An electronic voting system was one of the highlights of the evening. In one vote, 44% of people in the room chose, from five options, their worst nightmare was losing their vocal chords. Whether that reflected the percentage of hacks in the room is another question.

Before the debate started, 52% of the room voted that they would donate their face for transplant. Afterwards, that figure had increased by 6%, which was surprising given the general scepticism that face transplantation received.

Photo of Delia du Sol, a contortionist. She is kneeling on a table in front of a scanner with her back arched and her head facing backwards and framed by her feet. She has blonde hair and is wearing a red dress. Standing next to her is a man in a black t-shirt, wearing glasses.

Photo: coming up at the centre, Delia du Sol, a contortionist, will be scanned to see how she manages to tie herself in knots. Courtesy of The Science Museum, London.

Some of those attending felt slightly disappointed, as the debate didn't quite ignite. A few blamed the cabaret-style table seating for causing too many pauses while stewards darted among furniture to give microphones to speakers.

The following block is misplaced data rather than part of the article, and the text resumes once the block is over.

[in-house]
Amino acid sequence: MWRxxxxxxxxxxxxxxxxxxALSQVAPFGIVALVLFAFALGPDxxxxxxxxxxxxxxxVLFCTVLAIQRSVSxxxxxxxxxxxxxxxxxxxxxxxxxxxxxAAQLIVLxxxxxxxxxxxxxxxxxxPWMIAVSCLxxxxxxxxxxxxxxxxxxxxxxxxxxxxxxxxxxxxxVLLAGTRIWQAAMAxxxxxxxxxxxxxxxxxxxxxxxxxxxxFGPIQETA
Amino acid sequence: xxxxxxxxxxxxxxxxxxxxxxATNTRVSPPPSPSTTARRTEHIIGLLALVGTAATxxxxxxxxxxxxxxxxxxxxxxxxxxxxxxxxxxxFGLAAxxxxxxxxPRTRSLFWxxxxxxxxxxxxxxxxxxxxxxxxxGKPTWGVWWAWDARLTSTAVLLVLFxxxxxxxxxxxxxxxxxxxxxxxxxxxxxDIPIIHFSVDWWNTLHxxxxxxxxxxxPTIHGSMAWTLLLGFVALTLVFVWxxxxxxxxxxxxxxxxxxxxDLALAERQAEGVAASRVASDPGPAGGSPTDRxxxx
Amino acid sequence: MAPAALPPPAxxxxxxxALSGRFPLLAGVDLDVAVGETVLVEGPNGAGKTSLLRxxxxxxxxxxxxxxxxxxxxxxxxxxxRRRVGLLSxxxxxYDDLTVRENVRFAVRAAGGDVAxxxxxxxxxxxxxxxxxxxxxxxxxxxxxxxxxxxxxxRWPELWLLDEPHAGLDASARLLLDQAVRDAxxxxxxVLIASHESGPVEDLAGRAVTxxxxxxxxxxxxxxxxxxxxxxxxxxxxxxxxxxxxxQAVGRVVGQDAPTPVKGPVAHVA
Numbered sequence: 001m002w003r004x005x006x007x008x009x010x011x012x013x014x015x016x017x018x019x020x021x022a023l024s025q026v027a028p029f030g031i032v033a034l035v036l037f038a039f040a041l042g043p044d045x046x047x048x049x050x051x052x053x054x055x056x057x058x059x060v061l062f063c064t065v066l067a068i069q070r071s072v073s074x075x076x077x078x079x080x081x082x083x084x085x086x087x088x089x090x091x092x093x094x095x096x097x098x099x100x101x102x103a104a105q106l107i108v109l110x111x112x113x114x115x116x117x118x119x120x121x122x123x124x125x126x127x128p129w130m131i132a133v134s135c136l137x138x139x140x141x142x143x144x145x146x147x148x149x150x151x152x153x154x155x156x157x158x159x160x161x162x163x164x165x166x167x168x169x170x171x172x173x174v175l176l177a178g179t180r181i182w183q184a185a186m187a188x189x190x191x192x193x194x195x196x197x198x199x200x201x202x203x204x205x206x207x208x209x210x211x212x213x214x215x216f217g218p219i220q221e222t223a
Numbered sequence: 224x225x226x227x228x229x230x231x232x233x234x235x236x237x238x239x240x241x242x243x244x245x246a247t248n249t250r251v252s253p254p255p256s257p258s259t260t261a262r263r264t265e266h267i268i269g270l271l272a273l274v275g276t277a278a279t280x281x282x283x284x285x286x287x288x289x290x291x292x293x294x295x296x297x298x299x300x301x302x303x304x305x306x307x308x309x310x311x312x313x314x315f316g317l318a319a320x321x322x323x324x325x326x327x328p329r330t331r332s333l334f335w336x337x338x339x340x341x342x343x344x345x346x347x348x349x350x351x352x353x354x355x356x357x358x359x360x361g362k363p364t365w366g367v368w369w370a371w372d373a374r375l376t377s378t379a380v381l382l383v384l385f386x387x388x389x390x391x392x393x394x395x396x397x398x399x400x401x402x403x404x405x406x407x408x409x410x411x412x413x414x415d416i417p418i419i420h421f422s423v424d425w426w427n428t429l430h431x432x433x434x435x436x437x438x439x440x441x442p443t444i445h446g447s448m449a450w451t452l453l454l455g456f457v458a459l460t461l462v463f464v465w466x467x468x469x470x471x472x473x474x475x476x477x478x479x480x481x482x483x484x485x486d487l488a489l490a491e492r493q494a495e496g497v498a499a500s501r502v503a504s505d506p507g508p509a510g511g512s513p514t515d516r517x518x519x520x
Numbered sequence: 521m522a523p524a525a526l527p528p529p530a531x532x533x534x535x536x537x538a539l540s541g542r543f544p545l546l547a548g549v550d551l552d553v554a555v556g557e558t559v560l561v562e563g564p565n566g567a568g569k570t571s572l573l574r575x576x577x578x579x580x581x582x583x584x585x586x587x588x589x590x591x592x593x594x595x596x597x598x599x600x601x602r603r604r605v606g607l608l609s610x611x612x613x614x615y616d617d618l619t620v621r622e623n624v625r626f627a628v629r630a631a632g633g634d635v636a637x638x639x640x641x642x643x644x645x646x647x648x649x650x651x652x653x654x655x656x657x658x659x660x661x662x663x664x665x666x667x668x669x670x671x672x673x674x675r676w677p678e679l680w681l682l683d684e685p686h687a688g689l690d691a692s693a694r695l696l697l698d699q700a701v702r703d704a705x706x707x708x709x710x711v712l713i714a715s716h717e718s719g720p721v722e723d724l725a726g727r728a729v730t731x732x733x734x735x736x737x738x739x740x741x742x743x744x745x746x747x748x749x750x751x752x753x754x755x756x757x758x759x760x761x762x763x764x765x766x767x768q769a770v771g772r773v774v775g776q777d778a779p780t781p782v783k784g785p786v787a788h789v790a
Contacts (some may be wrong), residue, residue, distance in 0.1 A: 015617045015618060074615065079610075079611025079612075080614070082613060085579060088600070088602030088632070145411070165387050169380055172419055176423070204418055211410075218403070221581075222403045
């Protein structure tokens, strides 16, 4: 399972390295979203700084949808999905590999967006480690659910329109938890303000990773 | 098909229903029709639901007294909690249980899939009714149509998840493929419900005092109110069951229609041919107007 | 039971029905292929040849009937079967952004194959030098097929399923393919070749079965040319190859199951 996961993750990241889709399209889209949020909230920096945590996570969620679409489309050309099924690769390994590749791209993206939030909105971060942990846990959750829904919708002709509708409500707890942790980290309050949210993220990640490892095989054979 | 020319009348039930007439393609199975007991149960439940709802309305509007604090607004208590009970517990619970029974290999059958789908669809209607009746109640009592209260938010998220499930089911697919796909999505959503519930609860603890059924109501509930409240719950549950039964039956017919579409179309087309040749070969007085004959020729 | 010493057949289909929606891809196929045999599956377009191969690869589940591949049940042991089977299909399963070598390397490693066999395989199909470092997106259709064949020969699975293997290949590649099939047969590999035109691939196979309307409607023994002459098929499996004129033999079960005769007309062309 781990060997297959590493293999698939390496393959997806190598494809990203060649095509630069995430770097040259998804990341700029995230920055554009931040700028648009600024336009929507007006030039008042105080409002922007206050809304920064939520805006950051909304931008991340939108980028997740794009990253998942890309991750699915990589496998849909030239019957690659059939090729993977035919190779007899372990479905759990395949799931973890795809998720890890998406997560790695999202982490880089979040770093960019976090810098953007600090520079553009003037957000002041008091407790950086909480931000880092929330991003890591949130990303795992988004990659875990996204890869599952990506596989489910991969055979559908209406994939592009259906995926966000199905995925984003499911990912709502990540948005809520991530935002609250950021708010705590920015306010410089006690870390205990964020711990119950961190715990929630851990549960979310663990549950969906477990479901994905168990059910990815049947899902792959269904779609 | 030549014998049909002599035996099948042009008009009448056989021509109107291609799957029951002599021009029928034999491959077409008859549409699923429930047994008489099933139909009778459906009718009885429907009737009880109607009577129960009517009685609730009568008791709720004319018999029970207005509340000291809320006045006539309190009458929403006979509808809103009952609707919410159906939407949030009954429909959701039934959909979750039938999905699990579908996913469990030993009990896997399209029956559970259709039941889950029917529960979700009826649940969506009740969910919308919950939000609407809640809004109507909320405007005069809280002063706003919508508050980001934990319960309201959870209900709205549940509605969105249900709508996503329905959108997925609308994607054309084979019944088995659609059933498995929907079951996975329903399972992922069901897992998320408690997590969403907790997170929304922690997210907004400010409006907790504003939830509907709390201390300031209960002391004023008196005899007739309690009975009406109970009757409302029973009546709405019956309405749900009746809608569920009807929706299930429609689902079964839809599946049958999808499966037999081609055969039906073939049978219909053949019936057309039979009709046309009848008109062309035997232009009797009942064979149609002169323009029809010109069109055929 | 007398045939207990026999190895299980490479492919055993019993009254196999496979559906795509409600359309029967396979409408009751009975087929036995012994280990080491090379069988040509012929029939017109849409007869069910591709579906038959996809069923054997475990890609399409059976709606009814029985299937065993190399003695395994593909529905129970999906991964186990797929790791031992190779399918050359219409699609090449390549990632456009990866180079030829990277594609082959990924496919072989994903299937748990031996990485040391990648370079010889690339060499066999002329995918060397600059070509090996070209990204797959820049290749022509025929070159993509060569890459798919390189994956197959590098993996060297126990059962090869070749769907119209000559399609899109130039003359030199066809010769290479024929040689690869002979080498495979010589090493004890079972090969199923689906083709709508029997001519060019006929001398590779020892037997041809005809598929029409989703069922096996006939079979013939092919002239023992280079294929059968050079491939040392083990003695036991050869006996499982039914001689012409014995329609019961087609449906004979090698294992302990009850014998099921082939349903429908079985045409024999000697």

Others believed the departure from the traditional amphitheatre was a good idea. "I don't want to go and sit in a lecture theatre after work," said Michelle, a curator. "It's better to sit down and have a drink. More informal."

The first night is always the time to try out new ideas, but free events happen daily at the centre. One of them is quite literally a combination between a circus and a scientific experiment.

Delia du Sol, a contortionist from the Manumission club in Ibiza, is to be examined in a hospital scanner, so scientists can find out exactly how she manages to tie herself in knots. Lisa Jamieson is proud the Dana Centre is hosting it.

"It was our idea," she said. "We want the Dana Centre to become known as the sort of venue where these ideas can be explored."

Delia du Sol will be in the scanner at the Dana Centre on November 28, at 19.00pm and 20.30pm. Tickets are expected to go quickly, so book as soon as you can.

Sorry all younger 24 Hour Museum readers, but the Dana Centre is for adults only.